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Cirencester, Gloucestershire

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Cirencester, Gloucestershire

Cirencester is a market town in east Gloucestershire, England, 93 miles (150 km) west northwest of London. Cirencester lies on the River Churn, a tributary of the River Thames, and is the largest town in the Cotswold District. It is the home of the Royal Agricultural College, the oldest agricultural college in the English-speaking world founded in 1840. The town's Corinium Museum is well known for its extensive Roman collection.
DistrictCotswold
Post townCIRENCESTER
Administrative CountyGloucestershire
Traditional CountyGloucestershire
OS GridSP0201
OS Settlement ClassificationTown
RegionSouth West
CountryEngland
Police AuthorityGloucestershire
Fire and Rescue AuthorityGloucestershire
Fire and Rescue AuthorityGloucestershire
Ambulance AuthorityGreat Western
Dialling code01285
Population19,000
 

Other names by which Cirencester, Gloucestershire has been known in the past

Caer Ceri ~ Caer Cori ~ Cicester ~ Circester ~ Circiter ~ Cirencestre ~ Cirenchester ~ Corinium ~ Corinum ~ Cyren Caester ~ Durocornovium ~ Cirecestre

Cirencester, Gloucestershire in John Bartholomew's "Gazetteer of the British Isles" (1887)

Cirenchester, or Cicester, market town and par. with ry. sta., in E. of Gloucestershire, on the Churn, and on the Thames and Severn Canal, 16 miles SE. of Gloucester -- par., 4749 ac., pop. 7737; town, 2600 ac., pop. 7658; 2 Banks, 1 newspaper. Market-day, Monday; was an important military station of the Romans, who called it Corinum or Corinium, the English invaders adding the usual -ceaster. Numerous Roman antiquities have been found, and remains of the amphitheatre and the ancient walls are still to be seen. Cirencester has relics of an abbey founded in 1117. Its church (St John) is a fine old structure of the 15th century. C. has some mfrs. of woollens, carpets, and cutlery, but its industries are chiefly agricultural. The live stock market is one of the best in the W. of England. About 1½ mile W. of town, adjacent to Oakley Park, is the Royal Agricultural College (1846). C. returned 1 member to Parl. until 1885.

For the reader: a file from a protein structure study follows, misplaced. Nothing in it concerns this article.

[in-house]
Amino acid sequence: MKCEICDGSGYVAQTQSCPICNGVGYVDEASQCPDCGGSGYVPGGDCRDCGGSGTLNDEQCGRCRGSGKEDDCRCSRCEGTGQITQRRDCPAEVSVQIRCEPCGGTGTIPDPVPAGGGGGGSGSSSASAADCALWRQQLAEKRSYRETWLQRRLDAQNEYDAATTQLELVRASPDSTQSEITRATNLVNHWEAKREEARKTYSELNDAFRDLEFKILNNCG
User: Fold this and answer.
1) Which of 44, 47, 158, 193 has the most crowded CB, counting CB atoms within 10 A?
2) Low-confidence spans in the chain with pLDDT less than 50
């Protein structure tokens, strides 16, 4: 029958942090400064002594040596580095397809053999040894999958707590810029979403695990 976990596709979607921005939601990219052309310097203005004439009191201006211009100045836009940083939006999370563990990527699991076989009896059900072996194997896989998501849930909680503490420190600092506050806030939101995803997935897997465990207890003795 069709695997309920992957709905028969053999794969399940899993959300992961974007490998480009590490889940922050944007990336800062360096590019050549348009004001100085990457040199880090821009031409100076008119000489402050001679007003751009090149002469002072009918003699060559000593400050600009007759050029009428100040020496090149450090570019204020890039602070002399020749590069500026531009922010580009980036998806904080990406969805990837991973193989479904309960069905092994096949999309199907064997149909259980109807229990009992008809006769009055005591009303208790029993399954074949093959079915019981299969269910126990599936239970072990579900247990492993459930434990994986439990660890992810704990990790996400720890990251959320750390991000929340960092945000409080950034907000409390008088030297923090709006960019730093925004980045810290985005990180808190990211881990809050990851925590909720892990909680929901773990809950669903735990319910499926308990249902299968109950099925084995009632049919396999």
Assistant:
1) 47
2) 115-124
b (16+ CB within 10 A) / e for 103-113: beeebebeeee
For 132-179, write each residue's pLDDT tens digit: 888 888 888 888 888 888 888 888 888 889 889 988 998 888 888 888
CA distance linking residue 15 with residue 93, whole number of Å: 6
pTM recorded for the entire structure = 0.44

Cirencester, Gloucestershire in "A Topographical Dictionary of England" edited by Samuel Lewis (1848)

CIRENCESTER (St. John the Evangelist), a parish, and the head of a union, comprising the borough of Cirencester, which is a hundred of itself, and several tythings in the hundred of Crowthorne and Minety, E. division of the county of Gloucester, 17 miles (S. E.) from Gloucester, and 89 (W. by N.) from London; containing 6014 inhabitants. Prior to the arrival of the Romans, this was a British city, called Caer Cori, the "town on the river Corin," which the Romans converted into a military station denominated Corinum. This station, from its position near the intersection of the Fosse-way with the Ermin and Ikeneld streets, was one of considerable extent and importance; and vestiges of the vallum and rampart are yet visible on the south-eastern side of the town, where Roman inscriptions, tessellated pavements, coins, urns, vases, the remains of a hypocaust, and various fragments of masonry, have been found. The Saxons added the name Ceaster, of which and its Roman appellation the present is a corruption. The town was the metropolis of the Dobuni, from whom, in 577, it was taken by Ceawlin, King of Wessex. In 656 it was annexed to the kingdom of Mercia; and in 879, the Danes under Guthrum, after their memorable defeat by Alfred in the battle of Ethandune, retired hither, where they remained for a year, during the progress of the negotiations which led to their conversion to Christianity, and their settlement in the island. Canute the Great held a general council here in 1020, when, according to the Saxon Chronicle, "Alderman Ethelward was outlawed, and Edwy, King of the Churls." In the war between Stephen and Matilda, Cirencester Castle, of which the earliest notice then occurs, being garrisoned by Robert, Earl of Gloucester, on the part of the empress, was taken and burnt by the king's troops, in 1142; having been rebuilt, it was garrisoned by the disaffected barons against Henry III., but was taken by the king, who issued his warrant for its immediate demolition. The wall and gates that defended the town continued entire for some time longer.

Arms.

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